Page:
Identifying a Broody Hen
    A broody hen will sit in her nest and when you or another hen comes up to her she may fluff herself up and make a growling noise.
    She will sit there and sit there. If you free-range your hen may find a nest in a bush or anywhere private.
    [​IMG] (Not my picture)
    This hen has layed in a tree trunk. I have had a broody sit in a bush for 21 days! Your hen may peck at you if you try to touch her.

    Enjoy your broody (or don't if you don't want a broody) and here are some helpful links:
    Sorry I went crazy finding links for the readers! :)
    Good Luck if you get a broody hen!
    [​IMG] [​IMG]

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  1. mebuff daisy
  2. Mountain Peeps
    Wonderful job!!
  3. roostersandhens
  4. One Chick Two
    Good article!
  5. roostersandhens
    When I had my first broody, she left the eggs for 1 day (the second day) and the eggs still hatched! She hatched 10 chicks! My other broody hatched 3 chicks. So they all have a different idea and how many is a good amount! :)
  6. KayTee
    Thank you for your really informative article roostersandhens. I totally agree with your list of broody / non broody breeds, but having said that, all hens are individuals, and there is always an exception to the rule! My only broody hen was a production red (similar to RIR). According to all the information I could find online, these hens are bred for egg production and almost never go broody. Yeah, right! - I had her from point of lay for just over a year (before she decided to go walkabout and get herself run over), and in that time she went broody four times! Twice I managed to break her (wire bottomed cage for 2 or 3 days), and twice I gave in because she was much more stubborn than I was, and put day old chicks under her after 3 or 4 weeks of brooding (second time was longer as couldn't find any chicks!) She was absolutely the best mother in the world to her adopted chicks - defending them against everyone and everything, and raising them as her own!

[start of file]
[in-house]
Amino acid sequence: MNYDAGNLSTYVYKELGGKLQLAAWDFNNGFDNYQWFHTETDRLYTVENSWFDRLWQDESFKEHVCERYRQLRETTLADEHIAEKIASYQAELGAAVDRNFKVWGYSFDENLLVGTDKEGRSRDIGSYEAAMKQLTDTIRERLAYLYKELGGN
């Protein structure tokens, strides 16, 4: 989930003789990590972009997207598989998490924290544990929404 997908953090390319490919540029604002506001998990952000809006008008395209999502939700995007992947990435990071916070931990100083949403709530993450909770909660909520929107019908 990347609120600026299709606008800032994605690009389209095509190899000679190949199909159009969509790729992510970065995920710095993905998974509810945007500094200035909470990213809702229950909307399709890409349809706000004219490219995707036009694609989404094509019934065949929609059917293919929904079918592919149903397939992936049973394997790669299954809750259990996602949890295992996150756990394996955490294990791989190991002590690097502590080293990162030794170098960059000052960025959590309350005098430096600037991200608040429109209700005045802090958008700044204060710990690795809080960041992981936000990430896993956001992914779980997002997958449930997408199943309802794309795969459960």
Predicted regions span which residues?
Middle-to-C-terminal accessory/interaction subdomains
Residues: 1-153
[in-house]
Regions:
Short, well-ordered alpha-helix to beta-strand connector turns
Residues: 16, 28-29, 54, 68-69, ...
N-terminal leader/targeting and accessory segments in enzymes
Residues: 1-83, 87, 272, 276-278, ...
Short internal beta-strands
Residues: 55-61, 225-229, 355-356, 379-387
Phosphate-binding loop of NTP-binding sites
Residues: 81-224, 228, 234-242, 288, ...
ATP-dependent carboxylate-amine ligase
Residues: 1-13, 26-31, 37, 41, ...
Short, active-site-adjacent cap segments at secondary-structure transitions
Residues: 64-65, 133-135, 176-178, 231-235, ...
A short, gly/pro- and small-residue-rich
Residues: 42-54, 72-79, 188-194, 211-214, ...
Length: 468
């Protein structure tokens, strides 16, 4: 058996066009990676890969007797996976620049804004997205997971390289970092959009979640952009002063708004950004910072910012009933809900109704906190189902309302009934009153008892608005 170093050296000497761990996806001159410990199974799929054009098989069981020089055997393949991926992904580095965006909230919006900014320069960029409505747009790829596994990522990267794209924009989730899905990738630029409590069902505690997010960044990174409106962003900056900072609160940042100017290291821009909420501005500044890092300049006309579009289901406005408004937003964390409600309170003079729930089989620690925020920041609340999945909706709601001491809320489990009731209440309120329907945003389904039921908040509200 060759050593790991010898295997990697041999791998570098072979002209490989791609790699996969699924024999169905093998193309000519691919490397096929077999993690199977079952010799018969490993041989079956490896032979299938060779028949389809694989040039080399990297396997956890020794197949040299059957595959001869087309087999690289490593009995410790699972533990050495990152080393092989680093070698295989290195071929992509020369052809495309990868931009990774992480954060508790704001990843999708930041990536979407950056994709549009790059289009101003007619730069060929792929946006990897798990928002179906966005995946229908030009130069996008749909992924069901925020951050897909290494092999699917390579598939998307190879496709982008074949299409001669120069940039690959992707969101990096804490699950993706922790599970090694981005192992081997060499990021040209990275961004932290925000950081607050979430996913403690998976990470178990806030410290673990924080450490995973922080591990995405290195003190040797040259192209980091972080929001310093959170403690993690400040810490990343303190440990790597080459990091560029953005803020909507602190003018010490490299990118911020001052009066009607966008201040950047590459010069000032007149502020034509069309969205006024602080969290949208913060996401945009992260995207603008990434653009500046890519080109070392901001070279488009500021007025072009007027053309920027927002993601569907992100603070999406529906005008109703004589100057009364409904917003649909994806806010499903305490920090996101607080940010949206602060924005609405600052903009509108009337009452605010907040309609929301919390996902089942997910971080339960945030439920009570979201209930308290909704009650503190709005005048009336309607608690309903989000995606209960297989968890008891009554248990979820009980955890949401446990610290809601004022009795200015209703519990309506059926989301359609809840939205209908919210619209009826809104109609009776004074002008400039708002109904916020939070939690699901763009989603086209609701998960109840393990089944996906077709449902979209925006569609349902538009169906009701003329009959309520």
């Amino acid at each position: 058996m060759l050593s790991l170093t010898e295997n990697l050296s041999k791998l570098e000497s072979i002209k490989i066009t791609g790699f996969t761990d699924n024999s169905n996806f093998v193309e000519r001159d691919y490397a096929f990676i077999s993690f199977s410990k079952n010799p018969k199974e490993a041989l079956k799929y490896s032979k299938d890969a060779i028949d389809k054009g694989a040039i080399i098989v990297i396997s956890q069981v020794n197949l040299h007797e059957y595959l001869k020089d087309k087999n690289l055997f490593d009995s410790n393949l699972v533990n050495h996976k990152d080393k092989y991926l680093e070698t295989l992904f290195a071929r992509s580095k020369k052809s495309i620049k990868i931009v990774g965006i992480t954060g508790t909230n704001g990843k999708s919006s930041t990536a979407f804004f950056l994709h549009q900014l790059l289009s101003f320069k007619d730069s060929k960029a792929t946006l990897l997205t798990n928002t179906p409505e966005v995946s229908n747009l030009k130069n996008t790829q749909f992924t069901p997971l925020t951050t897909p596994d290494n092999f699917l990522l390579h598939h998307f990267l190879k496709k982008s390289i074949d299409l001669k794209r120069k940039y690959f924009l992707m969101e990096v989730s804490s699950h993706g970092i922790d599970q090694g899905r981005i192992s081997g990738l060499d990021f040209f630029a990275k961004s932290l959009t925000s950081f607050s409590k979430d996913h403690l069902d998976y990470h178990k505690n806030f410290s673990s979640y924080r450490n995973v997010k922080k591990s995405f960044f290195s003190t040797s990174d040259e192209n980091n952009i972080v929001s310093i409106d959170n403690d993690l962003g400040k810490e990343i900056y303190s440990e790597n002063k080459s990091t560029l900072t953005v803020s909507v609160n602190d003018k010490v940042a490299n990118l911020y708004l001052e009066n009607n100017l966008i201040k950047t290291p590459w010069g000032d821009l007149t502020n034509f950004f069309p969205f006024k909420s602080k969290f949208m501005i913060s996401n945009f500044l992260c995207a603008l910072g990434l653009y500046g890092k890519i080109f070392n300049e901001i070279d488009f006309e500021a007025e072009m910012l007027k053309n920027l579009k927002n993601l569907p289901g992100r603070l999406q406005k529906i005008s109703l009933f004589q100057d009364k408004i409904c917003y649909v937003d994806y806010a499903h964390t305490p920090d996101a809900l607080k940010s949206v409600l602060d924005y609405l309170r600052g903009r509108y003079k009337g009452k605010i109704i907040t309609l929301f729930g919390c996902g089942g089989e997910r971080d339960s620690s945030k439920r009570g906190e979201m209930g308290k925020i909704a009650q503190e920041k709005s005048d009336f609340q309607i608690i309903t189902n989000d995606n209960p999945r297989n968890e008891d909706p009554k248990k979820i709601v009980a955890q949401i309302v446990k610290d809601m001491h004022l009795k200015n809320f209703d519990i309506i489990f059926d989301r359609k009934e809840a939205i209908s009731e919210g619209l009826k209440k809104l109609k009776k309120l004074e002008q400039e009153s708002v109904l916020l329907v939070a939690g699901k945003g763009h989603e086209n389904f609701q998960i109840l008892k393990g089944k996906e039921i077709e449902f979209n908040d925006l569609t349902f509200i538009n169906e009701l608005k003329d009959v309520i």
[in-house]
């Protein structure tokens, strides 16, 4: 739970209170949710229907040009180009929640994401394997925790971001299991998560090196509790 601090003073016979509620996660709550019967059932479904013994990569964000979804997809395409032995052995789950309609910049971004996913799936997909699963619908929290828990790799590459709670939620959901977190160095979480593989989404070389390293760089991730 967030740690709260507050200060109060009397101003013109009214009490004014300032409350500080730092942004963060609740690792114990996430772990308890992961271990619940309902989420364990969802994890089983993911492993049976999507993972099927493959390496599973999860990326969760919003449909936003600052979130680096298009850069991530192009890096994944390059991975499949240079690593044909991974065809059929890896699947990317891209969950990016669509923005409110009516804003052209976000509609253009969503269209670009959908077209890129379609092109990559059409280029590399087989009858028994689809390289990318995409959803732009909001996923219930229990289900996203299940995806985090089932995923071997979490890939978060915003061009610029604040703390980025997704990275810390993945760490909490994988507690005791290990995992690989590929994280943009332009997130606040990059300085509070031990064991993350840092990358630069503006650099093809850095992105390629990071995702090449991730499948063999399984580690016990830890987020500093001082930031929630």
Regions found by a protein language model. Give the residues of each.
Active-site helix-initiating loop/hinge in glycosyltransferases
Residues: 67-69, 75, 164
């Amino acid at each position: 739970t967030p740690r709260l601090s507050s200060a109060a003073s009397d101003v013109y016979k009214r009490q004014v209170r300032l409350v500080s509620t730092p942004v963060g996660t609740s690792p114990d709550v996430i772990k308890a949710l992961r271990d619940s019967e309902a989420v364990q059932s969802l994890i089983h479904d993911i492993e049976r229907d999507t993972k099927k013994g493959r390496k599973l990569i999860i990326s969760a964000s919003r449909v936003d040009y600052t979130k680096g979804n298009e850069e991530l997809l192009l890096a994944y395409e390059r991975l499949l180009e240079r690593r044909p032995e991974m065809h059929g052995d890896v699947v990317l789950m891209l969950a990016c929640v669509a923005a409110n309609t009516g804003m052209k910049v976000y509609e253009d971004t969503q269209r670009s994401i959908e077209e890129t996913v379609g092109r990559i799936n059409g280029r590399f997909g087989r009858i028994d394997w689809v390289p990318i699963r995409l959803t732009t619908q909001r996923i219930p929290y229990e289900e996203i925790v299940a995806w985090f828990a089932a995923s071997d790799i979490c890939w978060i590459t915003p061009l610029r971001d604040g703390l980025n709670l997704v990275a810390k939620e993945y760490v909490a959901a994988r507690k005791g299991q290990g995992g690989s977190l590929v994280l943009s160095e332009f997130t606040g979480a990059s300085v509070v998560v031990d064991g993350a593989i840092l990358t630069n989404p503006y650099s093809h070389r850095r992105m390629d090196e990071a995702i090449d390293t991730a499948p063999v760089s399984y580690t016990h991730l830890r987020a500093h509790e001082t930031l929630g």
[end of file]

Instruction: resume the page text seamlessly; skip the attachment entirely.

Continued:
Two things that I would like to add from my own experience:
    1). My broody had to be taken off the nest, (she wouldn't move at all), so I took her off at least 2 or 3 times a day, and in the very hot summer I made sure to give her a bowl of food next to the nest (with a lot of moist 'treats' like tinned sweetcorn) and water when she was on the nest (using a syringe to drip water on to her beak), to avoid dehydration. (Time consuming but essential, as she wouldn't stay off the nest for long enough to eat and drink properly).
    2). If you can't break a broody hen, and don't have fertile eggs for her to sit on, then putting day old chicks under her after 21 days brooding can have very good results - my girls are living proof! (But you should always be prepared to raise the chicks by hand in the event that your hen decides to reject them for some reason)
  7. roostersandhens
  8. chickenboy100
    Nice! I like it, good job. :D